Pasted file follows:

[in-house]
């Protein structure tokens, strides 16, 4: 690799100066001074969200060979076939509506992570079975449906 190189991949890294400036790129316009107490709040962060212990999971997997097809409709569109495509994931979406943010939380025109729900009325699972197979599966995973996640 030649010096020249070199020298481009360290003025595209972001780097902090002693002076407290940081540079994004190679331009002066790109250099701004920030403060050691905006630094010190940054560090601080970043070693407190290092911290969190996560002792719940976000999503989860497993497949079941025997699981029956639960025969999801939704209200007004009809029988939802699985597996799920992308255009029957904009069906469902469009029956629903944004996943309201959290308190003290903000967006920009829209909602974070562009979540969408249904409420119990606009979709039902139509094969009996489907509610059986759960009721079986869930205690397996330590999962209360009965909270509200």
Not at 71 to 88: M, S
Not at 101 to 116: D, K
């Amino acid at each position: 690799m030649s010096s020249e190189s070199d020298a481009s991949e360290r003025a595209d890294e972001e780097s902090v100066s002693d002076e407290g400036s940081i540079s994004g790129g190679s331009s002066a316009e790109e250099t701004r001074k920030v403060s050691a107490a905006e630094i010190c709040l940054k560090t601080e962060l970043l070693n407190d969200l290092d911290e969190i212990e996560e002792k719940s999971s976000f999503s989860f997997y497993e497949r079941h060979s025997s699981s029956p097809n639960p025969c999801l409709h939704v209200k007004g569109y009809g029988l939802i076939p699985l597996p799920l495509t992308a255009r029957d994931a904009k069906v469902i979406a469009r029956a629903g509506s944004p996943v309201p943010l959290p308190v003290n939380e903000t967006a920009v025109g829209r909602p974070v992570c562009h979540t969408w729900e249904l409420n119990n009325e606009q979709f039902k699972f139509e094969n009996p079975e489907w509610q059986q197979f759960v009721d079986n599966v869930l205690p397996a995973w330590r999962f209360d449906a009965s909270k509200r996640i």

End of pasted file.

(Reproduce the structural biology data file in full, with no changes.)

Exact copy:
[in-house]
């Protein structure tokens, strides 16, 4: 690799100066001074969200060979076939509506992570079975449906 190189991949890294400036790129316009107490709040962060212990999971997997097809409709569109495509994931979406943010939380025109729900009325699972197979599966995973996640 030649010096020249070199020298481009360290003025595209972001780097902090002693002076407290940081540079994004190679331009002066790109250099701004920030403060050691905006630094010190940054560090601080970043070693407190290092911290969190996560002792719940976000999503989860497993497949079941025997699981029956639960025969999801939704209200007004009809029988939802699985597996799920992308255009029957904009069906469902469009029956629903944004996943309201959290308190003290903000967006920009829209909602974070562009979540969408249904409420119990606009979709039902139509094969009996489907509610059986759960009721079986869930205690397996330590999962209360009965909270509200």
Not at 71 to 88: M, S
Not at 101 to 116: D, K
């Amino acid at each position: 690799m030649s010096s020249e190189s070199d020298a481009s991949e360290r003025a595209d890294e972001e780097s902090v100066s002693d002076e407290g400036s940081i540079s994004g790129g190679s331009s002066a316009e790109e250099t701004r001074k920030v403060s050691a107490a905006e630094i010190c709040l940054k560090t601080e962060l970043l070693n407190d969200l290092d911290e969190i212990e996560e002792k719940s999971s976000f999503s989860f997997y497993e497949r079941h060979s025997s699981s029956p097809n639960p025969c999801l409709h939704v209200k007004g569109y009809g029988l939802i076939p699985l597996p799920l495509t992308a255009r029957d994931a904009k069906v469902i979406a469009r029956a629903g509506s944004p996943v309201p943010l959290p308190v003290n939380e903000t967006a920009v025109g829209r909602p974070v992570c562009h979540t969408w729900e249904l409420n119990n009325e606009q979709f039902k699972f139509e094969n009996p079975e489907w509610q059986q197979f759960v009721d079986n599966v869930l205690p397996a995973w330590r999962f209360d449906a009965s909270k509200r996640i």